Construction CPA & Accounting Services

How Porte Brown Can Help Construction Companies with their Finances

Construction manager reviewing blueprints with architect

When considering a CPA, construction companies should be extra careful. Because of its complexities, construction accounting can be incredibly challenging and is something that a conventional accounting firm is ill-equipped to handle. You need to get the services of an accounting firm specializing in the construction industry, like Porte Brown. 

As a premier construction accounting Chicago firm with a team of seven Certified Construction Industry Financial Professionals (CCIFPs), our Chicago CPA firm provides comprehensive construction tax and accounting services.

A Porte Brown construction CPA, can help you with tax compliance, cash flow management, and financial reports. We also help with other areas of your business with services like bidding analysis, cost segregation studies, and trend analysis.

As a proud construction accounting Chicago firm that has been in business for over 75 years, Porte Brown knows the unique accounting needs of construction firms and can address them effectively.

Proud to serve:

  • General Commercial and Building Contractors
  • Heavy Highway Contractors
  • Excavating and Demolition Contractors
  • Paving, Concrete and Masonry Contractors
  • Homebuilders and Commercial/Residential Real Estate Developers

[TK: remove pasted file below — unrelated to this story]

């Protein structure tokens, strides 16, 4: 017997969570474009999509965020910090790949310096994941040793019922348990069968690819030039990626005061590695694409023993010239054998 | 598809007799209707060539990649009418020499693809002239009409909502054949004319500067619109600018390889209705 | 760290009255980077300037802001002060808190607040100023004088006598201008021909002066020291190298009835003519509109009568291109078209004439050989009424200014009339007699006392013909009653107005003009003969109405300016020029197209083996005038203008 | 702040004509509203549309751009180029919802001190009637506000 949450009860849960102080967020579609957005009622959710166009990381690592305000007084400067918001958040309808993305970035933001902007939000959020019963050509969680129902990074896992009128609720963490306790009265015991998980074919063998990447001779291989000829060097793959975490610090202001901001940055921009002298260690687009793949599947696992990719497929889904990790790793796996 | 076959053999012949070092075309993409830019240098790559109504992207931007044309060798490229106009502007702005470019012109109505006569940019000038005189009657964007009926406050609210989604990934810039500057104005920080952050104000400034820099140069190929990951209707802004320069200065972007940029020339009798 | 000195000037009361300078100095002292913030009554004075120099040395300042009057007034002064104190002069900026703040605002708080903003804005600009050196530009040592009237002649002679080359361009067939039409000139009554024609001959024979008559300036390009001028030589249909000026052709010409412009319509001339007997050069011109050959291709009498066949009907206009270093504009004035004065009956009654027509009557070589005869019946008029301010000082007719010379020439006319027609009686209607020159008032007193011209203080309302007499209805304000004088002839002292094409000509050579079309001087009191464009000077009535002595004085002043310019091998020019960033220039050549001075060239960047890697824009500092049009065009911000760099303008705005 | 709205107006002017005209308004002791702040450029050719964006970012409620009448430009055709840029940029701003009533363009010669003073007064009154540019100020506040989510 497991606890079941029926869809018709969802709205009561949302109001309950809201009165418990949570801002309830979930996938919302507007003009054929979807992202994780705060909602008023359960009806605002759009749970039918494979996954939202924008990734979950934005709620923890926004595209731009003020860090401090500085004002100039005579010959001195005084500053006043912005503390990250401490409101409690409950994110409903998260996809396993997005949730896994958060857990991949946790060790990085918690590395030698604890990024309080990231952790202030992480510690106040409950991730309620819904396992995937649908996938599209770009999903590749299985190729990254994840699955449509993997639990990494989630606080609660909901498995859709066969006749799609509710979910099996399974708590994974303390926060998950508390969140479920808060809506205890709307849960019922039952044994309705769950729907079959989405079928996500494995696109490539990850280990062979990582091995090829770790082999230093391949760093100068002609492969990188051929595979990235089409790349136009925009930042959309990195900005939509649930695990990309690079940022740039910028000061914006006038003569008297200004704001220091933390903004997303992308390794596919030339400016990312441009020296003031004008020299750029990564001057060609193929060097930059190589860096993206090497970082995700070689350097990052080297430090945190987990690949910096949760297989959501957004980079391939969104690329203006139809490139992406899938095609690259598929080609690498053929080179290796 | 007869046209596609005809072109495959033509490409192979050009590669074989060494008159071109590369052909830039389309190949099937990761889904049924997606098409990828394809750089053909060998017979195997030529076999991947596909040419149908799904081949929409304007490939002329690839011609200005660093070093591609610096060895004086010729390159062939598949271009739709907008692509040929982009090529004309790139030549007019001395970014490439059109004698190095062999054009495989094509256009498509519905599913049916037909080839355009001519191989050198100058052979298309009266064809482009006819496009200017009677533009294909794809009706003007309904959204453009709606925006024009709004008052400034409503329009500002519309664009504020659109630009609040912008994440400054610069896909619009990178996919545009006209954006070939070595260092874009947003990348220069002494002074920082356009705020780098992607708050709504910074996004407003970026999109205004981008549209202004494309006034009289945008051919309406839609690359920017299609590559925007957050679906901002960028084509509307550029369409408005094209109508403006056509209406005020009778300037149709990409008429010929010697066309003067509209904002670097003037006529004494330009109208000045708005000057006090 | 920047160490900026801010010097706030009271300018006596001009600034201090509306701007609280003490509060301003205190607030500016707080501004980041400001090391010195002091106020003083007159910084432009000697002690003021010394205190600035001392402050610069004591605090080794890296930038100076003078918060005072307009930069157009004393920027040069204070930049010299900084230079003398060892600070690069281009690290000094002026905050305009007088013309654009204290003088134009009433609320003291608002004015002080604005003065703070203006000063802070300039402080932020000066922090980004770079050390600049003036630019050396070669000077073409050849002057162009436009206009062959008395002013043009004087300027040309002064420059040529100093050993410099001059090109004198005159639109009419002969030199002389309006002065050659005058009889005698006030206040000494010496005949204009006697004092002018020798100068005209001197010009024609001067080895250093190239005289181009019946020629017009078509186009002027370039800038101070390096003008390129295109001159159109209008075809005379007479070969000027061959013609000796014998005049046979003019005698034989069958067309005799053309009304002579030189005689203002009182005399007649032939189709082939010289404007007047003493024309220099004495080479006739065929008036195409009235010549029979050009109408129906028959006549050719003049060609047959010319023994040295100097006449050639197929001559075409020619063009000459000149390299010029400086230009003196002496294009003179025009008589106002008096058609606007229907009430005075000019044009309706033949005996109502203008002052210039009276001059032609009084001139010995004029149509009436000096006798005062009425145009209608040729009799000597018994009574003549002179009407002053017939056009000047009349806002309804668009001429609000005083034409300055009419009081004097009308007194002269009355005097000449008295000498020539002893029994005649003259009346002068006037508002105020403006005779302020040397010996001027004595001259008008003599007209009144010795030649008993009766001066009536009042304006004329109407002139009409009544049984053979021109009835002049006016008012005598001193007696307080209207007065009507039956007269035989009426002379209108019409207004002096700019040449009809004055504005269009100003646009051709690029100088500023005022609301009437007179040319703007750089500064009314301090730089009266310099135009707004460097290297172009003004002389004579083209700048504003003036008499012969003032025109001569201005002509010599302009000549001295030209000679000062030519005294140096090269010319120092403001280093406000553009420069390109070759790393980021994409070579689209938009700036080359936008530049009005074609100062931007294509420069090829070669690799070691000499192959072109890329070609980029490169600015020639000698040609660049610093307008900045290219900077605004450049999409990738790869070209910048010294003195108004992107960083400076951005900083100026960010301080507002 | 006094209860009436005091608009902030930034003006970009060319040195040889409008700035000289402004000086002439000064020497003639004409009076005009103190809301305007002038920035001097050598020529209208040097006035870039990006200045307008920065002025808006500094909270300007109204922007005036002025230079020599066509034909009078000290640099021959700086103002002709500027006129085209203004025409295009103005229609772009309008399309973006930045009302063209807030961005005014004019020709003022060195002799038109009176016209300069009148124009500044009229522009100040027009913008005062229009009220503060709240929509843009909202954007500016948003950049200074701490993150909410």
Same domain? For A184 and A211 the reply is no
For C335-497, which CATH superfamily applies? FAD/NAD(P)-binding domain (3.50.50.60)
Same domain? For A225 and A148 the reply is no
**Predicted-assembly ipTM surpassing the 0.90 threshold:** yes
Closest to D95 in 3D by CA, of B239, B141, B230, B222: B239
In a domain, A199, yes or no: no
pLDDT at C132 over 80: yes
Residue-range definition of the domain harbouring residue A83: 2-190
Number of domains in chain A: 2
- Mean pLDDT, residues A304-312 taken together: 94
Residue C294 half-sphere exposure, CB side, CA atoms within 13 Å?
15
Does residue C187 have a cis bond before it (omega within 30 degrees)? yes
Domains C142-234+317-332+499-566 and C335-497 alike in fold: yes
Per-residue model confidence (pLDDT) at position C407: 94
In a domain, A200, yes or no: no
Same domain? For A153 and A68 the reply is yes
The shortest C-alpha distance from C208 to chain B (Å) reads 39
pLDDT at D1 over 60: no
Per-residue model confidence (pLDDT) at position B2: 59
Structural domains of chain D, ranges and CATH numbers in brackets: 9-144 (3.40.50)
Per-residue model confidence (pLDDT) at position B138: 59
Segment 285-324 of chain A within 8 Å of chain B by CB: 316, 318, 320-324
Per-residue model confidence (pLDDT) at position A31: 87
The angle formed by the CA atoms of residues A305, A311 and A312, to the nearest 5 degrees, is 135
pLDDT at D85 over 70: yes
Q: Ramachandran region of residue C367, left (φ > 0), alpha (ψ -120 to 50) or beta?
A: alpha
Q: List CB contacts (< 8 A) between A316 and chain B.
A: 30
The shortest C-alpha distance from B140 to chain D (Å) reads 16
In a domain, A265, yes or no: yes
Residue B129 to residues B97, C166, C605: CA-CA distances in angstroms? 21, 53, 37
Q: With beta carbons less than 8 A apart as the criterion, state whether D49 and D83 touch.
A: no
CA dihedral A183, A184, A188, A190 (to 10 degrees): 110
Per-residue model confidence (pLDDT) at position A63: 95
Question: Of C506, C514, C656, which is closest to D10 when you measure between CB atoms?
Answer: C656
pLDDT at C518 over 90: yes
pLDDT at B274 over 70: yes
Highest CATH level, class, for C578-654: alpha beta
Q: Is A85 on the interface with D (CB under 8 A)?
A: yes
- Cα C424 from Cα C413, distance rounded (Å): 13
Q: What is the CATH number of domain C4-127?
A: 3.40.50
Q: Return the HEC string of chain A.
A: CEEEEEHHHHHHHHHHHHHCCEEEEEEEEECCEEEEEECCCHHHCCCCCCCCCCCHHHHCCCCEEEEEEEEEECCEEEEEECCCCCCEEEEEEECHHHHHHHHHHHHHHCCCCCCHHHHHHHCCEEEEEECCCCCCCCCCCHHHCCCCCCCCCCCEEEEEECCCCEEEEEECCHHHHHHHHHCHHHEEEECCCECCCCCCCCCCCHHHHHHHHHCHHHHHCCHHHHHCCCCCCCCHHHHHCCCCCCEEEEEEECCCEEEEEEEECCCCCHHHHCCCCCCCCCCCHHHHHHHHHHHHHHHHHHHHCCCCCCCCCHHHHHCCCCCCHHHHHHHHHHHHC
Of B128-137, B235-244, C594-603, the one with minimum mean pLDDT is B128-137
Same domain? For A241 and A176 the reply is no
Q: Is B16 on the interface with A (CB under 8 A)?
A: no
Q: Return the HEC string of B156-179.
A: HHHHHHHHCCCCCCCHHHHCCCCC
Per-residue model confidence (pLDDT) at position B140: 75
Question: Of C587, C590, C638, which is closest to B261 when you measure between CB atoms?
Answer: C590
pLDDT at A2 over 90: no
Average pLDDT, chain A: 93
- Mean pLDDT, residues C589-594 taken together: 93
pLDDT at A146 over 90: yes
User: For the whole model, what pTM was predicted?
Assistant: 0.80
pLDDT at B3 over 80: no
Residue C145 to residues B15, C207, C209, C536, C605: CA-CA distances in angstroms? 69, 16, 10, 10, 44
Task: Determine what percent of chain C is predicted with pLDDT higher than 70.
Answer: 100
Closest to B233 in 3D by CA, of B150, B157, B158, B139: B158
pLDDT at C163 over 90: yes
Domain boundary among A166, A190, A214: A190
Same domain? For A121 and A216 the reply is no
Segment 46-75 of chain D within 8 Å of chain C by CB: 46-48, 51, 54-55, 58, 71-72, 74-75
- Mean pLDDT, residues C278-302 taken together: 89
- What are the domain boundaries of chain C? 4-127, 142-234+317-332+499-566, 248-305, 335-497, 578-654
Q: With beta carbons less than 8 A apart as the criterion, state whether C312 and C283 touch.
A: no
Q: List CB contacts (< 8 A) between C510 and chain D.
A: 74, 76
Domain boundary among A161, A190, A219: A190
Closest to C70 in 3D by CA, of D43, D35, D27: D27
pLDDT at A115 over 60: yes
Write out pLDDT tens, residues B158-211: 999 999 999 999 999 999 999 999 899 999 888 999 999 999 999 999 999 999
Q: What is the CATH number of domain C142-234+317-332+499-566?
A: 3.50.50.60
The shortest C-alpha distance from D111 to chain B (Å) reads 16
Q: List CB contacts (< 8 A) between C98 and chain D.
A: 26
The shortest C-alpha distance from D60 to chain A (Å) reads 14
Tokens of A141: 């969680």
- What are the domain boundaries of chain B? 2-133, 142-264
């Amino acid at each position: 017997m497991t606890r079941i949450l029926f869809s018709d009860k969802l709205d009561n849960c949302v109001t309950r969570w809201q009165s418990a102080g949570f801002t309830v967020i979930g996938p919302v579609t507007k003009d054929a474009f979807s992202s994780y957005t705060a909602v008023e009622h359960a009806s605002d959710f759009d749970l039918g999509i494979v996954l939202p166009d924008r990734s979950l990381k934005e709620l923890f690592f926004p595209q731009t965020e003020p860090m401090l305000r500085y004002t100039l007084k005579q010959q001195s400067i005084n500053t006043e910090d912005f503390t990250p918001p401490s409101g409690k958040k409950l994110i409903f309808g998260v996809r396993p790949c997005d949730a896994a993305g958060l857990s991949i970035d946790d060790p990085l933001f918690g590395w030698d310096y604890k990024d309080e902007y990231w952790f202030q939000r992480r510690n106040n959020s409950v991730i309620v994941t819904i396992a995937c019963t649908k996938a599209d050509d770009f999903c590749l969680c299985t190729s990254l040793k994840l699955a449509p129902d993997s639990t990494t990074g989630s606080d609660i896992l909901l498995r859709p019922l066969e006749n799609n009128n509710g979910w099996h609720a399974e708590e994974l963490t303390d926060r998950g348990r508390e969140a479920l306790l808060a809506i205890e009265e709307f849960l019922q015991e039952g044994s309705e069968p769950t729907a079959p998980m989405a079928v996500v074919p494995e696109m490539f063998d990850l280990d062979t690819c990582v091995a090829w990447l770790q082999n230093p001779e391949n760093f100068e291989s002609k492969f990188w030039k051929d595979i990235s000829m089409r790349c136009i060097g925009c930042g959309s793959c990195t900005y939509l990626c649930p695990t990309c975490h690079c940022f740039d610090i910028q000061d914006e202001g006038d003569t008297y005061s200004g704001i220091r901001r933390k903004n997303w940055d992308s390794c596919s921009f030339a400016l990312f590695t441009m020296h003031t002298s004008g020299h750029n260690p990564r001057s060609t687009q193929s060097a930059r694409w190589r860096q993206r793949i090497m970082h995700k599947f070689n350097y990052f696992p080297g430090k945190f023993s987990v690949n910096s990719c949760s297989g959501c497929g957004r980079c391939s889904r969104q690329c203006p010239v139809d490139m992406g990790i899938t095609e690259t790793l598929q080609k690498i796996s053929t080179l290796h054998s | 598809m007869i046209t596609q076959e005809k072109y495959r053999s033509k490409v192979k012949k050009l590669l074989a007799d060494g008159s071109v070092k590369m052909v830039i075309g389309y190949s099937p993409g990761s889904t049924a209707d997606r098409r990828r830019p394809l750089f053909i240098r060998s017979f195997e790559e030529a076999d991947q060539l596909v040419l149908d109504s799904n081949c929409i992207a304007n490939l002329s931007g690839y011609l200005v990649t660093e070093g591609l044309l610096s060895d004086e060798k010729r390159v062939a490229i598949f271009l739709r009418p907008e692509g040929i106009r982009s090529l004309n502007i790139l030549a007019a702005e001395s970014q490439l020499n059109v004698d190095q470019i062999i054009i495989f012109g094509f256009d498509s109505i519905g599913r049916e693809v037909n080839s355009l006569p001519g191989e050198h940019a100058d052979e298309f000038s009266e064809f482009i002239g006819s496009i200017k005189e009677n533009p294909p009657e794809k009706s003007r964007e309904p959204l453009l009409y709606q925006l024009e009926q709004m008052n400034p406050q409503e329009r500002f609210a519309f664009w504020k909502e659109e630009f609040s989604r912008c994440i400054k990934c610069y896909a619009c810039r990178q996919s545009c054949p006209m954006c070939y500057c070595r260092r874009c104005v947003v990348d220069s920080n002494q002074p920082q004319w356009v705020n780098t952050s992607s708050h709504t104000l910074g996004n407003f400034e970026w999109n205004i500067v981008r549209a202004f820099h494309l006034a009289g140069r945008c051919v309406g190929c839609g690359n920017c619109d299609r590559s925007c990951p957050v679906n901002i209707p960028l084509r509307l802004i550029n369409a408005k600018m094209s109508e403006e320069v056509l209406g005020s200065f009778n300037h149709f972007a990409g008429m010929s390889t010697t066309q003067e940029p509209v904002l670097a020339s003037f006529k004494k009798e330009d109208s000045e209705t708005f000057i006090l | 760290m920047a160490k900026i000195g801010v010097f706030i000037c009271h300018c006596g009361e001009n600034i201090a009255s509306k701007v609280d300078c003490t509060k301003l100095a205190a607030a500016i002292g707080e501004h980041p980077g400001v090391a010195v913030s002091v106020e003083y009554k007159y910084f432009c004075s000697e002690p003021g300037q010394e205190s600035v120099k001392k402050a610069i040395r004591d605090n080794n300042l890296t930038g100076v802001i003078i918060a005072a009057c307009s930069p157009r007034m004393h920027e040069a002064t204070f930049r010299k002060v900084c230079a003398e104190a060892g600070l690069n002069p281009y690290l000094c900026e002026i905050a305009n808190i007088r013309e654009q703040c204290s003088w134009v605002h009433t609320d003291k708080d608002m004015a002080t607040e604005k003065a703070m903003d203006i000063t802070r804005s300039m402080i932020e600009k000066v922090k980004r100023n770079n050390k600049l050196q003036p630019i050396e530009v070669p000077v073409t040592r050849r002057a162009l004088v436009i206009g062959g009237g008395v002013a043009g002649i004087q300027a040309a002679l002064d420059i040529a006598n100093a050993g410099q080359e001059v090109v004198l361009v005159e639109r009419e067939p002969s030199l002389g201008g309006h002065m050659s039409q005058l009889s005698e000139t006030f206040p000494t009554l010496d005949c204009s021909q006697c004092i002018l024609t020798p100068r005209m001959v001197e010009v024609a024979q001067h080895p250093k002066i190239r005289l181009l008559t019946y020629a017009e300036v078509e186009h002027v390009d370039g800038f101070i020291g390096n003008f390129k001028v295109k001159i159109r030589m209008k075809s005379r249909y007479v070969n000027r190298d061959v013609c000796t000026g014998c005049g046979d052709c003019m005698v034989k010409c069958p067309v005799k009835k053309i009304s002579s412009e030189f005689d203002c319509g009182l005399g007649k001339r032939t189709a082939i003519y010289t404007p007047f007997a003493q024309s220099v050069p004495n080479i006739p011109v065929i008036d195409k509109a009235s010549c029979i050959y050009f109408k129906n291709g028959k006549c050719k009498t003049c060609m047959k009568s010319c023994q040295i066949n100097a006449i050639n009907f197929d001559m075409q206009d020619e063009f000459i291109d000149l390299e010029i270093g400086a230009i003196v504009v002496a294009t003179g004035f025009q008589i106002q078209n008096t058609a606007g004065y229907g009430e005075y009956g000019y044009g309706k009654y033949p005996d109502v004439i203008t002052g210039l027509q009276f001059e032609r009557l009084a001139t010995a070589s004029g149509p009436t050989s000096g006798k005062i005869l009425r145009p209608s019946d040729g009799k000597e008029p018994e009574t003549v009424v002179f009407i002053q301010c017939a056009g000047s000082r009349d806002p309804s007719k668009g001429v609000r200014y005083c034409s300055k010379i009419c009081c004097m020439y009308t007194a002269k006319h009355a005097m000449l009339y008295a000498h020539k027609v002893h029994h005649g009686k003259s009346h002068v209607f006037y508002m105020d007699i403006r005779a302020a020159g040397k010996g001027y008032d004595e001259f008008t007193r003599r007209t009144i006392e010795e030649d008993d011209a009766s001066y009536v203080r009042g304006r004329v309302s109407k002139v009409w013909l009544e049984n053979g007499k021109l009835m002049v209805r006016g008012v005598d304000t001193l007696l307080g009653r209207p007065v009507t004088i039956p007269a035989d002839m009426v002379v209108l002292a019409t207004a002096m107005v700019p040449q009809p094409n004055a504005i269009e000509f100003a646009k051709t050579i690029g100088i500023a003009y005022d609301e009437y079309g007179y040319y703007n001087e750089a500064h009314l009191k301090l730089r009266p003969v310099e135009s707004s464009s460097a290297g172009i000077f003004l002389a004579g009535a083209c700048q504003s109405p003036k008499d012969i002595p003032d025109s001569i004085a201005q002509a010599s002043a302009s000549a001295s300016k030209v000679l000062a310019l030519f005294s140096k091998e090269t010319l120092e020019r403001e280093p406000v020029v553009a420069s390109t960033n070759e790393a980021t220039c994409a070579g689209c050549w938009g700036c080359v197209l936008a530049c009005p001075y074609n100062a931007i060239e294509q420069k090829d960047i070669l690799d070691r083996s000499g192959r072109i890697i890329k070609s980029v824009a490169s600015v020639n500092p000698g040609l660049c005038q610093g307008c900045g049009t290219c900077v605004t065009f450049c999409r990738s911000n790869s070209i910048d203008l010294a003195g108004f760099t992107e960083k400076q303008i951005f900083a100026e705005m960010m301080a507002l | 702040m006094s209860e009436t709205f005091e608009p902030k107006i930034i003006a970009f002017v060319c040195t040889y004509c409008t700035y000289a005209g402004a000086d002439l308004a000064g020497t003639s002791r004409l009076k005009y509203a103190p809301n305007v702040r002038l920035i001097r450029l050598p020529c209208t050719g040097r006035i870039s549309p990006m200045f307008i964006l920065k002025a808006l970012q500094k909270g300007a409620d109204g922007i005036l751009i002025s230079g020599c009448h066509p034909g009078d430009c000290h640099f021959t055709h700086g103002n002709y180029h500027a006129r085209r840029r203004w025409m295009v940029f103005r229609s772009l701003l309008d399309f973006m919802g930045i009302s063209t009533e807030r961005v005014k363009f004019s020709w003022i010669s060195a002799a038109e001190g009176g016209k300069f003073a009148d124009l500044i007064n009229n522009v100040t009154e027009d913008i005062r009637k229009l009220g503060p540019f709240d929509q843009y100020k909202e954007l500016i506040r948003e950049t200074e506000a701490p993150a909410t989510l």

• Specialty Trade Contractors
  • Architects and Engineers

Services include:

What is Construction Accounting?

The construction industry is structured very differently from most conventional businesses. They have their own particular needs as it deals exclusively in long term contracts and production cycles. These circumstances make regular accounting practices unsuitable. 

That's why accounting for a construction company, contractor, or home builder needs a new set of methods and principles. This is called construction accounting

However, what makes construction accounting different from regular accounting?

For one, construction accounting is project-based. Every construction project is treated as a "mini-company" with its own costs and revenue.

Second, because payments typically take longer than 90 days, a long term approach is preferred. That means a construction accountant needs an alternative method to accurately track, manage, and analyze a company's cash flow and revenue over this time.

Lastly, construction accounting is mostly a decentralized process. Labor and materials move from one site to another, as opposed to factories that stay put. This puts special consideration to mobilization costs.

What are the Key Construction Accounting Principles?

The unique needs of the construction industry mean that construction accounting services adhere to different principles than standard accounting.

Two of the most important factors include job costing and revenue recognition. These can inaccurately describe a project's financial viability if not done correctly. We'll discuss this topic in more detail later. 

Another concept is retainage, which is money held back by the customer until the construction job is completed. This is meant to protect the owner and ensure the project is done with minimal defects or faults.

Billing is another crucial area of construction accounting. Due to the unique nature of construction projects, firms may employ several billing methods. The simplest is fixed price, or a lump sum, which sets an amount for the entire project. Billing can also be done on a time or material basis (charged per hour plus material costs). Finally, there's the AIA progress billing, named after the American Institute of Architects. It's a method that charges the client for a certain percentage of work done for a given billing period.